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Dillard delight; retail executives go shopping for their company's options.

Dillard Delight Retail Executives Go Shopping For Their Company's Options

If a company's growth is predicted by upper management exercising its options, stock in Dillard department Stores may have a bright future.

From Jan. 31 to March 26, 23 Dillard executives exercised options totaling 71,000 shares, an average of just less than 3,100 shares each, according to INVEST/NET Inc., of N. Miami, Fla., a registered investment adviser.

They paid prices between $24.75 and $42 per share, with most of the prices paid in the $25 range. Dillard's stock has been hovering in the low 70s.

The most bullish executive was James B. Wilson, VP, who bought 9,000 shares. Next in line was T.R. Gastman, VP, who bought 6,000 shares, followed by Donald C. Bradley, VP, 4,000, and 10 executives who each bought 3,500 shares, INVEST/NET says.

Comment from Dillard's on the phenonmenon was not forthcoming, as usual. But one observer says, "They're very close-mouthed at Dillard's. If they go around talking about business, they feel they're talking about it more than running it."

Performance of D.H. Holmes Ltd. Stores, based at New Orleans before their merger with Dillard, is lagging, but the rest of the Dillard stores are doing well, an analyst says.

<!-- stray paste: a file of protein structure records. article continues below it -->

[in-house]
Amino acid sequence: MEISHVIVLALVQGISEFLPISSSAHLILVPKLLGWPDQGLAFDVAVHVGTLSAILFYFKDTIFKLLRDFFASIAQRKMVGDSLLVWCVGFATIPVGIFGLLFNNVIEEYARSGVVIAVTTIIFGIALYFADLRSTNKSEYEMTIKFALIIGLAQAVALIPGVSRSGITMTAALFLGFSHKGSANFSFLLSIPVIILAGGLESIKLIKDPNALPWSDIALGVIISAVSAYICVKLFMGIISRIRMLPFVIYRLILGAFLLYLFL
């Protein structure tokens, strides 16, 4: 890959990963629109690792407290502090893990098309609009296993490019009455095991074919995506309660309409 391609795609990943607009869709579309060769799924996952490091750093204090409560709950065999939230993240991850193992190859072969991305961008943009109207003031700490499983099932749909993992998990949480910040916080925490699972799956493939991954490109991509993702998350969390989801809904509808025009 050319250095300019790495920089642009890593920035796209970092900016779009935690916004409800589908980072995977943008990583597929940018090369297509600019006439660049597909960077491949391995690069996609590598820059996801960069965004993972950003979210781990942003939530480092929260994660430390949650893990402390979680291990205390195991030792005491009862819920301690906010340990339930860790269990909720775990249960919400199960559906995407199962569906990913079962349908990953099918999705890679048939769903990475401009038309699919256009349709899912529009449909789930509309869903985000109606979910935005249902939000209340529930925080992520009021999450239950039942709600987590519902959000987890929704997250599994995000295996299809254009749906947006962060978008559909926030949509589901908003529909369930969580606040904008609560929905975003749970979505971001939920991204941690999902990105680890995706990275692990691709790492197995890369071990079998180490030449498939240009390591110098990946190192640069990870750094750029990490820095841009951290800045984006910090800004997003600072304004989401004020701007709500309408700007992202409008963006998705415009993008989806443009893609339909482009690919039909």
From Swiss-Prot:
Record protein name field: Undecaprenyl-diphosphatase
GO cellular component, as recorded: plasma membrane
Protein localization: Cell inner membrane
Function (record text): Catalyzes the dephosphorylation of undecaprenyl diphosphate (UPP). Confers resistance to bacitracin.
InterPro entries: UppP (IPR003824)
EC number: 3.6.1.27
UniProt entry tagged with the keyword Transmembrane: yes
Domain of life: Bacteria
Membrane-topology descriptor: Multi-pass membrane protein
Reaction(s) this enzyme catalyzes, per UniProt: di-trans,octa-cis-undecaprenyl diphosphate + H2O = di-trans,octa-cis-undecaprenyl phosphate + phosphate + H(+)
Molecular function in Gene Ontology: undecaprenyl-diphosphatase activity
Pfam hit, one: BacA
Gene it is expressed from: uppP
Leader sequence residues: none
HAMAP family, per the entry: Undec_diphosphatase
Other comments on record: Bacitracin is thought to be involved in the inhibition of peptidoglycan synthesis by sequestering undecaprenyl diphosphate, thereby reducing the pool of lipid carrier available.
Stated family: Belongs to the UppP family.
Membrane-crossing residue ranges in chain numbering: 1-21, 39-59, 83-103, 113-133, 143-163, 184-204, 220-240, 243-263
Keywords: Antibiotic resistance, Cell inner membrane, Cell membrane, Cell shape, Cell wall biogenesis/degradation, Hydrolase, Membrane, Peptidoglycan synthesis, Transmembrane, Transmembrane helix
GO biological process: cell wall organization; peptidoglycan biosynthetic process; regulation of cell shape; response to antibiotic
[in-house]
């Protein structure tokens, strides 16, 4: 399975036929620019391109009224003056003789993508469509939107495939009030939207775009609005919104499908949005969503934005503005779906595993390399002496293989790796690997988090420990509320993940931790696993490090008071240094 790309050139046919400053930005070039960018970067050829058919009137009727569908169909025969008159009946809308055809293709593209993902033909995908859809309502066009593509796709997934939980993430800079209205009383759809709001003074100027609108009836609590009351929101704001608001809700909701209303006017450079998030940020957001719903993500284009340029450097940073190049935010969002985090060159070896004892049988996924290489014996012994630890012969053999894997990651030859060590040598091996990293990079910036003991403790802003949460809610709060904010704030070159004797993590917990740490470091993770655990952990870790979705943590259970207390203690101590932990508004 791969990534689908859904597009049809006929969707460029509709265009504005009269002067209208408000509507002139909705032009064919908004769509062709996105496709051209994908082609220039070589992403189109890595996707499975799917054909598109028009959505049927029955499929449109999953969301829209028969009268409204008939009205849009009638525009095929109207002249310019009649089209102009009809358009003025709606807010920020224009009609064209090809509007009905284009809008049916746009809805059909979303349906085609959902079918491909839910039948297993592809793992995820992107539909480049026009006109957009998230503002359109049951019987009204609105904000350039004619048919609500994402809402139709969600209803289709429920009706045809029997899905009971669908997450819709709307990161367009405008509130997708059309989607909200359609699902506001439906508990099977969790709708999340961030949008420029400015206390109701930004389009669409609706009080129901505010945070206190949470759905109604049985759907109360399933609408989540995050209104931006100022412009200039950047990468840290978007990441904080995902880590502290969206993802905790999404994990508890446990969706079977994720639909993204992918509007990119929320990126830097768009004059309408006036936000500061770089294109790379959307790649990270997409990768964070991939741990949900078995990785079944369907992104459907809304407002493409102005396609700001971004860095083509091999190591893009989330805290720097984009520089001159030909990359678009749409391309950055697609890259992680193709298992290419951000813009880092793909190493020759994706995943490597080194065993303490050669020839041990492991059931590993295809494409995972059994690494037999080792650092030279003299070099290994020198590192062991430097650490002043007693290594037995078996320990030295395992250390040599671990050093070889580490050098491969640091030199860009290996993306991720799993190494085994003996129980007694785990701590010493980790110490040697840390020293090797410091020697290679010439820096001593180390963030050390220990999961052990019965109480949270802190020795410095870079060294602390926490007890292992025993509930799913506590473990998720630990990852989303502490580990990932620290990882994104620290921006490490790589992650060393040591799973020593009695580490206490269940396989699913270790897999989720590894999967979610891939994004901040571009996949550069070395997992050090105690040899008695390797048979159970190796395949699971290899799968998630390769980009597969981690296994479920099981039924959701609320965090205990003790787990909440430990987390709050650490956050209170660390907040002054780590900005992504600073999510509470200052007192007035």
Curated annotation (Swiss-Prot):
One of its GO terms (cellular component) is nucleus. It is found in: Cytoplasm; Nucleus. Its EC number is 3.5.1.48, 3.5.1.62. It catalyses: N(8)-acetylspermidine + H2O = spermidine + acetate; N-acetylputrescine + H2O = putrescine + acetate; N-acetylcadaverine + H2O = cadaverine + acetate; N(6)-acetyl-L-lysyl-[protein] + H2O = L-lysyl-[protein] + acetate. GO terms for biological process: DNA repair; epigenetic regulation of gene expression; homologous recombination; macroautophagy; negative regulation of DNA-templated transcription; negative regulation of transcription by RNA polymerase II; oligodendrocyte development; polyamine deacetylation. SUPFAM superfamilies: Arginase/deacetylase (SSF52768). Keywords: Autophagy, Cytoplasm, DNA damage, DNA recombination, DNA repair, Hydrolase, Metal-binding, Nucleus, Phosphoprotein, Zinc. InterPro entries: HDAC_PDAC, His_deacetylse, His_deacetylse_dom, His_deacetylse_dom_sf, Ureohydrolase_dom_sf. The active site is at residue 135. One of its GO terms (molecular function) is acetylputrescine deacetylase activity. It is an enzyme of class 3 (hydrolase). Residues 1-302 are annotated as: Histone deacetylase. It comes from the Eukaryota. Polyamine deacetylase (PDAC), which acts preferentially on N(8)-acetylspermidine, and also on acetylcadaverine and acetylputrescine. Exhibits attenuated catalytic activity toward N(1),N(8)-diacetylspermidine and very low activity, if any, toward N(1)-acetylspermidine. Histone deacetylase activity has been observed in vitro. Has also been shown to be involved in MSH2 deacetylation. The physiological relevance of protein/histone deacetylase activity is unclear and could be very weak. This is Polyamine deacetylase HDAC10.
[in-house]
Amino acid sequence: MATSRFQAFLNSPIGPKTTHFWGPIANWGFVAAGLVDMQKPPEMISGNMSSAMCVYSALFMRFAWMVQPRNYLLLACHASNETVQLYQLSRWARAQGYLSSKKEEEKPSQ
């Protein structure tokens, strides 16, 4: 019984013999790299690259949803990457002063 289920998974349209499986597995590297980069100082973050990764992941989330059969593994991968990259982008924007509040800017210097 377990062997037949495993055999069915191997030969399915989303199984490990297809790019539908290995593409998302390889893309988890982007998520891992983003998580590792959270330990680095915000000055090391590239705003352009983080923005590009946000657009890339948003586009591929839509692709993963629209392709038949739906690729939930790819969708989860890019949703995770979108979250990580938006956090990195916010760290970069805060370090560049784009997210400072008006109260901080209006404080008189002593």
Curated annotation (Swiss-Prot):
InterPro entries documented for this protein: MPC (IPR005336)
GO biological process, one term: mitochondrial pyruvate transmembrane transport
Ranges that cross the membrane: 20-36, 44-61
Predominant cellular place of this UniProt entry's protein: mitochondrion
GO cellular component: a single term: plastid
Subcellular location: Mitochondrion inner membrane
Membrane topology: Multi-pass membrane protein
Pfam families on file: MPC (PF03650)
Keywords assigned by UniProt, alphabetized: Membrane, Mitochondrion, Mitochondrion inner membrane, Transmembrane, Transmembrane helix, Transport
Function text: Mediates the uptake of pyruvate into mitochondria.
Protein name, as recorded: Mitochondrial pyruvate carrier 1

With more national retail groups coming up for sale, Dillard's will continue to be counted as a strong, major player looking for the right deal to add to its shopping empire.

With so many managers exercising options at the same time, there probably is some factor affecting all of them, possibly an accounting policy or an option time limitation window, says Ellis Sloan, a portfolio analyst at Meridian Management, Little Rock.

"Whenever management buys stock, that is interpreted as a real vote of confidence," he says.

"Sometimes, a company will intentionally do this to send a message to the market. In the case of Dillard, however, they don't need to do that. The performance of the company [stock] is such that they don't need the added publicity."

Among other insider transactions at Arkansas companies:

* In 1989, Hudson Foods Inc. purchased Land O'Lakes' Schweigert luncheon meats and turkey further-processing divisions for about 683,000 shares of Hudson stock, valued at about $10.6 million.

From Feb. 16 to March 30, Land O'Lakes sold 63,756 shares of class A common at $12.38 per share for a total of $789,000. Hudson stock is trading at $16.75 per share. The sale reduced Land O'Lakes' holdings by about 9 percent.

* J.B. Hunt, chairman of J.B. Hunt Transport, recently sold 62,007 shares at prices between $21.13 and $21.75 per share.

Hunt chipped only about 1 percent off his holdings of 10.7 million shares.

His recent transaction was just part of his personal financial planning, and as Hunt gets older, he will probably sell more stock as he arranges his estate, says James T. Schnoes, VP/treasurer, at the Lowell trucking firm.

With 68 percent of the company's stock held by its board and management, analysts welcomed the sale and say they would like to see more stock become available to the public.

* Sam Walton, chairman, and S. Robson Walton, his son and vice-chairman of Wal-Mart Stores Inc., each indirectly sold 40,920 shares at $46.81 per share on March 19. The stock has been selling at $50.25 per share.

The sales represented 28 percent of the elder Walton's stock and 33 percent of his son's.

The Waltons could not be reached for comment.
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Title Annotation:Insider Trading
Author:Kern, David F.
Publication:Arkansas Business
Date:May 7, 1990
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